If Istanbul exhibits the paramount emanation of Turkish Muslimness, Hagia Sophia emerges as its spatial quintessence. Since 1453, the crescendo of the Ottoman engagement with the Byzantines, the transformation of Hagia Sophia into Hagia Sophia Mosque has transcended beyond the rituals of conquest. For the pious Muslims, it manifested the fulfillment of a Prophetic vision prefigured eight centuries before. For the nascent architects of the Sublime Porte, it inspired the image of an imminent frontier of empire-building. Hagia Sophia Mosque vouched as an emblem of a new axial age for Muslims. The legacies of the age of Ottomans ushered in a magisterial empire of world-historical relevance, though the resuscitation of Byzantine memories followed divergent routes owing to their progenitors. Cultural cascades of myths and legends, replete with motifs of the Turks and Muslims, henceforth flourished; thus, constituting pre-modern parallels to modern conceptualizations of the Other and the Oriental.
Were the Ottomans to imitate and act upon similar drives, the world would have never been the same. While the Spanish Kingdom forcibly converted innumerable mosques, Muslim fortifications and Umayyad-era palace complex into cathedrals and Christian structures in the Iberian Peninsula; under the Ottoman rule of more than 500 years, structures such as Coptic Orthodox Churches of Egypt and the Monasteries of Mount Athos, only thrived. No empires, monarchies, or duchies with footholds in the Balkan lands, even in a state of war for centuries against the Ottomans, had experienced any genocidal schemes which their Muslim counterparts had to experience in Spanish Iberia during the early 17th century or in Russian Circassia while in the late 19th century.
As the successor state to the Ottoman Empire, the relics of the Turkish nation have never been generated by the evanescence of either political equilibrium or by popular will only. In fact, the shared complementarities of history, tradition and narratives of belonging, have been the foundation of the Turkish-Muslim identity. By these very criteria, St. Peter’s Basilica is as Italian and Catholic as Saint Basil’s Cathedral is Russian and Orthodox. Therefore, Hagia Sophia Mosque, in its entirety, is solely and simultaneously, Ottoman, Turkish and Muslim. The mosque, for almost half a millennium, stands as an hourglass of the Turkish-Muslim soul. No single work of architecture can evince the genealogical homily of what it means to be a Turkish-Muslim except the Hagia Sophia. Hence, reinstatement of the rights of Muslim worship is not only legitimate by means of popular mandate in a country with a 97% Muslim population but also paramount in terms of repatriation of a historical grievance. It must also be underscored that the decisions and actions of the Turkish Government are in robust accordance with juridical authorizations and political decora commensurate with Turkey’s status as a major regional power.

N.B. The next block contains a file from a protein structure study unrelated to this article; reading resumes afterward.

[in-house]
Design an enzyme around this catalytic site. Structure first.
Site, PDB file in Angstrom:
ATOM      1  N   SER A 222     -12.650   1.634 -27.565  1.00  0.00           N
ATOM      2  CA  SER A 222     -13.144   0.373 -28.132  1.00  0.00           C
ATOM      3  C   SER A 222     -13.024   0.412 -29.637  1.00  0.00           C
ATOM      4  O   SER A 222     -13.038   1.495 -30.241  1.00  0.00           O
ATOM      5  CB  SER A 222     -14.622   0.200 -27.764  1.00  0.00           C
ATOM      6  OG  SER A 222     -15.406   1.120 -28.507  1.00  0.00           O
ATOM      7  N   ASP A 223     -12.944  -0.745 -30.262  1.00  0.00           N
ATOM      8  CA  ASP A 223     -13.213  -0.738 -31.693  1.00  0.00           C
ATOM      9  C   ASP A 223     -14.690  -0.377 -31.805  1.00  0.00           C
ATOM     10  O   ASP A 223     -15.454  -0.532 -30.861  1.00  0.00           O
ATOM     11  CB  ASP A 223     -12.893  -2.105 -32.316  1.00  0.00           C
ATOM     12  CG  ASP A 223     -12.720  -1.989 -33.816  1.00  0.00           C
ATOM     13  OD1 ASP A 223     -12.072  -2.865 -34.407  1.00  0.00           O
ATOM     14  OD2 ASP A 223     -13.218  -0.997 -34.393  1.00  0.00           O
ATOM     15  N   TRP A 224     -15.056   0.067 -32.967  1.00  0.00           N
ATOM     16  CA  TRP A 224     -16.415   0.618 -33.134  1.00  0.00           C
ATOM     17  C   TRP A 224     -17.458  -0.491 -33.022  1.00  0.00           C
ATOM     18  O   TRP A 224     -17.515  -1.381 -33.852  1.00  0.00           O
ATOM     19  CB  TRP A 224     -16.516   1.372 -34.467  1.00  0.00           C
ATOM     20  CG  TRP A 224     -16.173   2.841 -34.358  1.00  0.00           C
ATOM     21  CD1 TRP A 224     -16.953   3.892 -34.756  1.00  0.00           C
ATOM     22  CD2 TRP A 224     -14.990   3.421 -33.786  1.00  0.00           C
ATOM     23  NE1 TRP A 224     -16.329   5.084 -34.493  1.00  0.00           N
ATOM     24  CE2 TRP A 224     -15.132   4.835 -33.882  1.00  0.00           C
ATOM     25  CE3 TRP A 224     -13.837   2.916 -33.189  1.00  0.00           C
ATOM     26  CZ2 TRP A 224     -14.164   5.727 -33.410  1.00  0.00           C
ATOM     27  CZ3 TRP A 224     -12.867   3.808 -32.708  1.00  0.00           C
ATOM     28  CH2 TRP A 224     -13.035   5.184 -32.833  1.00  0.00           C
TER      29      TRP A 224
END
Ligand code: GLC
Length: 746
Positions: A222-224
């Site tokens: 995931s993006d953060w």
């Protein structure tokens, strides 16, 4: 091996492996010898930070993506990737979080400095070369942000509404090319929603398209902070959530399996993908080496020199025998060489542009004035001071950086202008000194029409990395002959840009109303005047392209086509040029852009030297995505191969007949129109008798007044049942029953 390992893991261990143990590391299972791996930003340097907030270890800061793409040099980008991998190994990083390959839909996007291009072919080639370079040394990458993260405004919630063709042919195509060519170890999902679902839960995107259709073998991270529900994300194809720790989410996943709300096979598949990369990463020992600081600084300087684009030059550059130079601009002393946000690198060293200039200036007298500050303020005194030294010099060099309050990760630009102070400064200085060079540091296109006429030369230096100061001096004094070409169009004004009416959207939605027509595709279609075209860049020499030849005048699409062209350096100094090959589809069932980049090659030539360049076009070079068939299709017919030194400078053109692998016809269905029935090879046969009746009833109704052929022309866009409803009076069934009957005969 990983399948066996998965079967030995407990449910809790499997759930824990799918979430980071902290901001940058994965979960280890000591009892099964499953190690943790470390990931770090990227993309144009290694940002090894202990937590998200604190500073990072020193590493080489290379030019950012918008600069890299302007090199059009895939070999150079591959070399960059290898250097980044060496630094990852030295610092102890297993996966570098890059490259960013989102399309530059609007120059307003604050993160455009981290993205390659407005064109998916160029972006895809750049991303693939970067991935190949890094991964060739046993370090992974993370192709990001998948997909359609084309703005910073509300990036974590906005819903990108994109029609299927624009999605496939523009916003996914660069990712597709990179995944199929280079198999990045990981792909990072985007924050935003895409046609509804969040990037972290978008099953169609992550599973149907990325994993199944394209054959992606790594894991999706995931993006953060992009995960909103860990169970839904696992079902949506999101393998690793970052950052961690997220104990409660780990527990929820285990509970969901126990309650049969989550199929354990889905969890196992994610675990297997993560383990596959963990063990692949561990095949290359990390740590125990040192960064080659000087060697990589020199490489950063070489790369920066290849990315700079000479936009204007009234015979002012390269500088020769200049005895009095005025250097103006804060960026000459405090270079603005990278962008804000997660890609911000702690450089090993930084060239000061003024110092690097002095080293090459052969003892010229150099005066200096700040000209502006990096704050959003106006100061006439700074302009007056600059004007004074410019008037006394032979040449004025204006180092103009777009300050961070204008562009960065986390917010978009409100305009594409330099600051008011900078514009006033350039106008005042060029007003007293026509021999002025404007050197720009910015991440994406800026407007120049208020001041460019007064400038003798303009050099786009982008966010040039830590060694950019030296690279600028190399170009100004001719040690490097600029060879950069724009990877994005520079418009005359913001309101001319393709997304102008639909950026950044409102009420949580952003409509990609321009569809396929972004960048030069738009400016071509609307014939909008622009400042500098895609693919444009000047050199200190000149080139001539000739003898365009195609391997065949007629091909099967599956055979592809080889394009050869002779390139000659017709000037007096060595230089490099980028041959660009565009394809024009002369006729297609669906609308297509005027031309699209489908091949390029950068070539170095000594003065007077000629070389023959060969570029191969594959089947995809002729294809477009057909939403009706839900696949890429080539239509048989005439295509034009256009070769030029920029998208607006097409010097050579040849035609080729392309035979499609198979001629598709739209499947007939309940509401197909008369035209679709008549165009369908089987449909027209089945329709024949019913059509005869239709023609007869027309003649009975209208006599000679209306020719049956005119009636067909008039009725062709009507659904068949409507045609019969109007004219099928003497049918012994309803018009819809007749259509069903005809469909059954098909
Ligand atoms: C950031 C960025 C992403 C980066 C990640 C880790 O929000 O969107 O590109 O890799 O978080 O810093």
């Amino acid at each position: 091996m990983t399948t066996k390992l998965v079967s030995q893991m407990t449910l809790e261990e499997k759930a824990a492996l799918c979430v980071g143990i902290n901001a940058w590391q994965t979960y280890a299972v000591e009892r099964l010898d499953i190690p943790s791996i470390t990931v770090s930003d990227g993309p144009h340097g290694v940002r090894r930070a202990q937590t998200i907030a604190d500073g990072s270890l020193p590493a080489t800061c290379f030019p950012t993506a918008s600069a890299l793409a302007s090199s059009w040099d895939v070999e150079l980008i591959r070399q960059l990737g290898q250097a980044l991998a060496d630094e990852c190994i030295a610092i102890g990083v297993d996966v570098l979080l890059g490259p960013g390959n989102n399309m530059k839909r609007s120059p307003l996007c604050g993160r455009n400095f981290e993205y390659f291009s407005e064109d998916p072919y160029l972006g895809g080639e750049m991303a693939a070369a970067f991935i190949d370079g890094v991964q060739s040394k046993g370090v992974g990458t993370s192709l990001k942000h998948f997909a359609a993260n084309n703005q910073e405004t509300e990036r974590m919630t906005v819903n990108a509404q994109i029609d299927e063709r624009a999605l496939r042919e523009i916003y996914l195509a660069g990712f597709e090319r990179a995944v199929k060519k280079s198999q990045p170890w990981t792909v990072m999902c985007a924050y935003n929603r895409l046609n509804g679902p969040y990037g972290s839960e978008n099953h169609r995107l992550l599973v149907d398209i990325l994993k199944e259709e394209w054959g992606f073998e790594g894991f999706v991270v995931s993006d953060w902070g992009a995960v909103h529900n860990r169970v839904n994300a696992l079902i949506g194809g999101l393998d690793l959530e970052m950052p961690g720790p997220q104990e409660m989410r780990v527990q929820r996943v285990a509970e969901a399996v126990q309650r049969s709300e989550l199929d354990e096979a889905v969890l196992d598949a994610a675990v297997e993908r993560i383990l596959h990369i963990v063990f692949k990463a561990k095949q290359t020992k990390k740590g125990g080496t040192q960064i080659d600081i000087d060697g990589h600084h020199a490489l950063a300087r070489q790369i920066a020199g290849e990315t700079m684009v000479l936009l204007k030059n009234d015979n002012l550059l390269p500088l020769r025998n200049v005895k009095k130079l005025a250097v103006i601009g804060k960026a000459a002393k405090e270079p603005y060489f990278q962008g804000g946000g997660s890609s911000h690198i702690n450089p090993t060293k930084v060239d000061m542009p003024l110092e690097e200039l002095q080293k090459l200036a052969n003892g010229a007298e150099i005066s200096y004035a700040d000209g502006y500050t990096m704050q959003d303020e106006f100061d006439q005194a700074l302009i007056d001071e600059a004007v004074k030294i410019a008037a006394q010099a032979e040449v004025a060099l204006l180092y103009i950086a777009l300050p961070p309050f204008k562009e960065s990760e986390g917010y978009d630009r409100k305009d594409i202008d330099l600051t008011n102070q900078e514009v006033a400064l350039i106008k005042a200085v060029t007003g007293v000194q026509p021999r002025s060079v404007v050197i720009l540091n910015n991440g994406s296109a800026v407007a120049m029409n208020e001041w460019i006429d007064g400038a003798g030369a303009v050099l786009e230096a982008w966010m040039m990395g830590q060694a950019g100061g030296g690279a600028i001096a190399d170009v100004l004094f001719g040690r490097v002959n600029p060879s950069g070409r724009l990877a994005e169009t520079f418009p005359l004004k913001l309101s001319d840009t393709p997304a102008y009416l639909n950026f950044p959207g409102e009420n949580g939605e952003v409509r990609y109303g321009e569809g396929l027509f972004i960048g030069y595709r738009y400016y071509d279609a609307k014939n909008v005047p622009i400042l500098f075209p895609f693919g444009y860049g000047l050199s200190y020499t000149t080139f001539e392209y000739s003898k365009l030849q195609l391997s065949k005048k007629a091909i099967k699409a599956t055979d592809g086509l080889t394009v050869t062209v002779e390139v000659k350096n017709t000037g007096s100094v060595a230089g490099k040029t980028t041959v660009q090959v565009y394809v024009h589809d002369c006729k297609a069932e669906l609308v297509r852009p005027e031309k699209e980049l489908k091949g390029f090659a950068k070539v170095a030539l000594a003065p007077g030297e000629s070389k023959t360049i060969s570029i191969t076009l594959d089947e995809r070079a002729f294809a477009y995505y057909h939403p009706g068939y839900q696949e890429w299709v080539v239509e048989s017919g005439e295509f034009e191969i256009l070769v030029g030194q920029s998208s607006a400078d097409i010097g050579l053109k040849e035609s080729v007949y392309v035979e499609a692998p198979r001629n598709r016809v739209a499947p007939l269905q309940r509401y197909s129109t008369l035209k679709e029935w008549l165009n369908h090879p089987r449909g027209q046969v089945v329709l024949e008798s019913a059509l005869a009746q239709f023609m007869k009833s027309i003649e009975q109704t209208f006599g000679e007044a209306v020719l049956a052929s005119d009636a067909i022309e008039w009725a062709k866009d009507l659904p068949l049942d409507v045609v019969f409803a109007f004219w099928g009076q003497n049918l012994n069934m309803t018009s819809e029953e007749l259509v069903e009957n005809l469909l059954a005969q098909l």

The unipolar world of today’s neoliberal worldview, though has showered scores of objections against the reclamation of Hagia Sophia as a mosque under pretexts of preservation of heritage, it seems to misread its own subtext of moralism. When politicians of a constitutionally secular Indian Republic deem it necessary to erase the last traces of the Mughal Empire by the arbitrary renaming of historical cities or Muslim monuments, such interventions are framed as efforts toward indigenization. When Notre-Dame de Paris caught fire in 2019, the laicite of French sentiments compromised rather swiftly toward collective mourning and fundraising for a cathedral. Even the blatant Judaization of the landscape of Jerusalem at the expense of Muslim and Christian spaces tend to go unreservedly overlooked.
If the Turkish government is reprehended for evoking neo-Ottomanism by granting worship privileges to Muslims in a Muslim landmark, then disapproval must also be leveled at the governments of Balkan states for their virtual ban on construction of mosques along with their longstanding discrimination against the native Muslim population, coupled almost akin to an undeclared neo-Megali Idea. For the nightwatchmen with a demand for secularity, the Turkish stance on Hagia Sophia may sound too explicitly religious. However, to defy their own paradox, they should also have expressed zealous disappointment over the secular parliaments of Portugal and Spain for enacting fast-track citizenship laws applicable exclusively to Sephardic Jews back in 2015. As the rationales behind the selected urges for selective consistencies shall remain unresolved, the Turkish government and the Turkish people will be welcoming a new era of belonging to the kernel of their nationhood.
* Ph.D. candidate at the Department of Political Science at Texas Tech University
** Academic at United International University, Bangladesh